A working time audit involves tracking and analysing what you spend your working time on for a number of consecutive days. This can help managers and business owners to schedule tasks efficiently, accomplish targets, and boost productivity.
But what exactly is a working time audit and how do you perform it effectively?
In this article, we’ll cover what a time audit is and how to perform it with a simple step-by-step guide.
What is a working time audit?
Tracking time over a period of several days can give managers a better idea of how staff are spending their time. The results can then be analysed to see how employees and the business are actually spending their time against what they should be doing and consequently enhance productivity and efficiency.
Wait, aren’t we wasting more time doing this activity?
The short answer is no. The audit process is a short activity that can last as little as a few days and once it is complete, you can adjust schedules based on the results. This can then help boost future efficiency and productivity and save time in the long run.
How do you run a working time audit?
There are a few different techniques for running a time audit. Here is a process you could follow:
a. Step 1: List tasks
The first step to performing a time audit is to create a list of tasks that must be completed in the workday.
For instance, you may list the following tasks:
- Checking or sending emails, instant messages, etc.
- Attending meetings.
- Phone calls with customers.
b. Step 2: Write down what you want to achieve from the workday
Writing down what you intend to achieve and then comparing it with the audit results will provide a measure of how productive you are. That’s why before you look at any data, you should note down what your ideal day would look like.
c. Step 3: Set time aside for each task
And now that you have your defined tasks, write down the time you would like you and your staff to spend on each of them.
For example, if you run a software engineering business, your defined intentions could look something like:
- Coding: 40% of the time.
- Debugging: 20% of the time.
- Client and team communication: 10% of the time.
- Documentation: 5% of the time.
d. Step 4: Track activities
The next step is to track the day-to-day tasks as they are attempted/completed, noting down how much time each one takes.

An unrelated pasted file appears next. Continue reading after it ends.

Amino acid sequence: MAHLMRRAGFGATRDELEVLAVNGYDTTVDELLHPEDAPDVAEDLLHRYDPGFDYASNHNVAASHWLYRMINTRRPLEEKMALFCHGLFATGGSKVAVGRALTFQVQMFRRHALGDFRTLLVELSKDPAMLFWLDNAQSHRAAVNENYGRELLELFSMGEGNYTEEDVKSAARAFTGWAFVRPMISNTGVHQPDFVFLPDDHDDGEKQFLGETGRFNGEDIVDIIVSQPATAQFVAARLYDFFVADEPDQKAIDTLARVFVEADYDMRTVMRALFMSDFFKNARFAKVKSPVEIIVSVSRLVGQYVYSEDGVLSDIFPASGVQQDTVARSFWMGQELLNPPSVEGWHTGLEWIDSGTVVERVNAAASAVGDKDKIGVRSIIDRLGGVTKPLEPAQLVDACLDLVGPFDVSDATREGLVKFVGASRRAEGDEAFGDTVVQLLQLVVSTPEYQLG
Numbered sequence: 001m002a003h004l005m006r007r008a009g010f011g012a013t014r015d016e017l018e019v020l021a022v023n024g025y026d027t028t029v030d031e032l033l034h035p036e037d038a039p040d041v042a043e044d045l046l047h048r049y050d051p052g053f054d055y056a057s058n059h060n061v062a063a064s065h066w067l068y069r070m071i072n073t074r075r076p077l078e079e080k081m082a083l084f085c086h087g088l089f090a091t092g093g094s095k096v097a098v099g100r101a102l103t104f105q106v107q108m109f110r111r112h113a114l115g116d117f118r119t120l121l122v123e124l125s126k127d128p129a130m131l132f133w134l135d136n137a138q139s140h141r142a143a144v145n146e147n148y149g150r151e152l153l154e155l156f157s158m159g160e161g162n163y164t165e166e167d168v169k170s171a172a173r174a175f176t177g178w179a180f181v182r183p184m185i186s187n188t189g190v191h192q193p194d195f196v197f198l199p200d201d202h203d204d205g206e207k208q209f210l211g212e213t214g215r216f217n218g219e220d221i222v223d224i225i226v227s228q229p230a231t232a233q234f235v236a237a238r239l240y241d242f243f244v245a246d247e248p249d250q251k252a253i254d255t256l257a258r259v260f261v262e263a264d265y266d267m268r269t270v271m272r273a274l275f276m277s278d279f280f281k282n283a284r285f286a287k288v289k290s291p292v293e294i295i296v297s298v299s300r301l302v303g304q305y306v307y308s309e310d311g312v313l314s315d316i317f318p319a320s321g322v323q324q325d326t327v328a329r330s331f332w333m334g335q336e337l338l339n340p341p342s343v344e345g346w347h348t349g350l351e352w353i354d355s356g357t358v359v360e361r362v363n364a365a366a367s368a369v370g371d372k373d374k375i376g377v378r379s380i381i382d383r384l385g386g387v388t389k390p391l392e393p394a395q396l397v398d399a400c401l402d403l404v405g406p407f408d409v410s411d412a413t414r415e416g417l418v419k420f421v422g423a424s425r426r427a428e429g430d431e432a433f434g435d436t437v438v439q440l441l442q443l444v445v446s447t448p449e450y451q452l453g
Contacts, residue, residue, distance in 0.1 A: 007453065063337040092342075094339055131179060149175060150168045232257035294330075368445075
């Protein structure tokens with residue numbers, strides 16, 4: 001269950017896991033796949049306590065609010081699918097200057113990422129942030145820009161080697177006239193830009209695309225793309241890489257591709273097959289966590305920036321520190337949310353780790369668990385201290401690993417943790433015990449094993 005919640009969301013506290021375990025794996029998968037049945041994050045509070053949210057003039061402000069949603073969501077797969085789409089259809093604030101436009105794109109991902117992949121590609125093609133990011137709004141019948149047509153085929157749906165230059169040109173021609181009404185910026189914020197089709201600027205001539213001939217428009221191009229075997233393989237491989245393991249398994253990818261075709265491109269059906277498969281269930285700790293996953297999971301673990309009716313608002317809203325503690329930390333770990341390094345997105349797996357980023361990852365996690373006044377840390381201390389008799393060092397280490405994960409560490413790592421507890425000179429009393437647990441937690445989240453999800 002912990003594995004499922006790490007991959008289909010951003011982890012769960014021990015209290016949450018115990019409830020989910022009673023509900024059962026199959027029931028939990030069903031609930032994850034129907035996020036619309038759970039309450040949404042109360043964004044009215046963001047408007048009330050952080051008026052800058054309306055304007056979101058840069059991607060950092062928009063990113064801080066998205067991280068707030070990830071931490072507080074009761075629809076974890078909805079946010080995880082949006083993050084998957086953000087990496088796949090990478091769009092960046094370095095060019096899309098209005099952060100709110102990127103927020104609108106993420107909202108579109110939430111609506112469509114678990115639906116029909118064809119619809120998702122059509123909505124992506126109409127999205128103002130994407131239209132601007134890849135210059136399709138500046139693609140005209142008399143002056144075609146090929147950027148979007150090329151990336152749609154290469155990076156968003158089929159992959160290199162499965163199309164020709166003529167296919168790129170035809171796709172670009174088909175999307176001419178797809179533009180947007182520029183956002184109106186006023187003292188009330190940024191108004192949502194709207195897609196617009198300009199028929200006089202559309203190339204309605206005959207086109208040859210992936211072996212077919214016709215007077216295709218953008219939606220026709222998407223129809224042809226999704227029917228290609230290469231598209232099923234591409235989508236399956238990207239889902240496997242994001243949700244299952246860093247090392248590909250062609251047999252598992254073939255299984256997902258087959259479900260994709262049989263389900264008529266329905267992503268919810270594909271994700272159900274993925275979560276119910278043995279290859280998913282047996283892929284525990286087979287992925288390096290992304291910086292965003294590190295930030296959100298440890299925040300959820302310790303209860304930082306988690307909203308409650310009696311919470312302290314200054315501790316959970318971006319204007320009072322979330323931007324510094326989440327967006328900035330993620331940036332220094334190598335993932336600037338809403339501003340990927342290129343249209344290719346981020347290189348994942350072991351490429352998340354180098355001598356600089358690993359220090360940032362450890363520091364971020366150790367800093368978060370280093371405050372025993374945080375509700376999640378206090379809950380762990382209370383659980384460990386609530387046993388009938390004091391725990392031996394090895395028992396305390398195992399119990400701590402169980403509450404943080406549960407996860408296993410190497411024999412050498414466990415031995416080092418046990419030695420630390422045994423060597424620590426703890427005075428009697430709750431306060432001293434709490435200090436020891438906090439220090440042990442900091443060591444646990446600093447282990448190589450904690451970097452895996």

e. Step 5: Analyse results
The last thing to do is review the time audit report with a discerning eye.
Look for things like:
- Are you spending less time on a task than you thought you would?
- Do work rates tend to slack during certain times of the day?
- Is there a specific task that’s draining time?
What happens after the working time audit?
Now that you have analysed the audit results, you need to look for ways that work can be completed more efficiently. Here are a few tweaks you may decide to take on board:
a. Reorganize the workday
Once you have a log of how you and your staff spend time, the next step is to reshuffle the workday to increase efficiency.
This might mean doing one or more of the following:
- Eliminate unnecessary tasks or delegate them.
- Consolidate tasks into one scheduled activity to prevent time wastage.
- Break large projects into smaller ones with defined targets.
b. Plan and prioritize
After identifying where time is being used, plan how to prioritize the most important tasks and eliminate non-productive activities.
c. Make changes to employee scheduling
With a clear idea of priorities, it’s now possible to amend or create a working schedule that reflects how you and your staff should be spending their time.
When should I complete a working time audit?
You can run a working time audit at any point in time. However, it is often more effective if you have at least a few weeks or a month of data available before you get started.
You may also decide to run a work time audit if you or your business is:
- Struggling to complete projects on time and get through tasks.
- Constantly missing deadlines.
- Spending longer than necessary on specific tasks.
How long should the working time audit be run for?
This depends on the needs of the business and the complexity of the issues. Businesses can run a working time audit for a matter of days, a few weeks, or even several months. Our advice is to run it for as long as you feel you need to in order to understand the issues you are facing.
Are there any tools available to help run a working time audit?
Yes, there are. Many in fact. The tools you decide to use will depend on:
- How you currently track time.
- The level of detail you want in your audit.
- The span of the time audit.
Here are three types of tools that you can use:
a. A to-do list
A to-do list will give you a clear idea of the daily tasks your business needs to complete. There are many software packages that offer to-do-list functions. Here at Papershift we offer a comprehensive option in our Marketplace with our Tasks add-in software.
Calendars will help to give an account of how you want to spend your workday and what got in the way, like meetings or appointments.
c. Time Tracking Software
A time-tracking app will provide a detailed account of how you and your staff spend time on tasks, projects, and apps. Our best-selling Time Tracking solution is a comprehensive choice for most businesses.
The goal of a working time audit is to do more in less time. But for most businesses, maximising employee and management time can be a monumental task.
- Clock in and out from browser
- Time tracking via Phone & Tablet app
- View & approve time records online
- Export timesheets to payroll
- View & approve staff vacation requests
- Overview of employee availability & absences
If this is something you and your business are struggling with, you need to check out our Time Tracking software package to make the process of time auditing much easier to manage.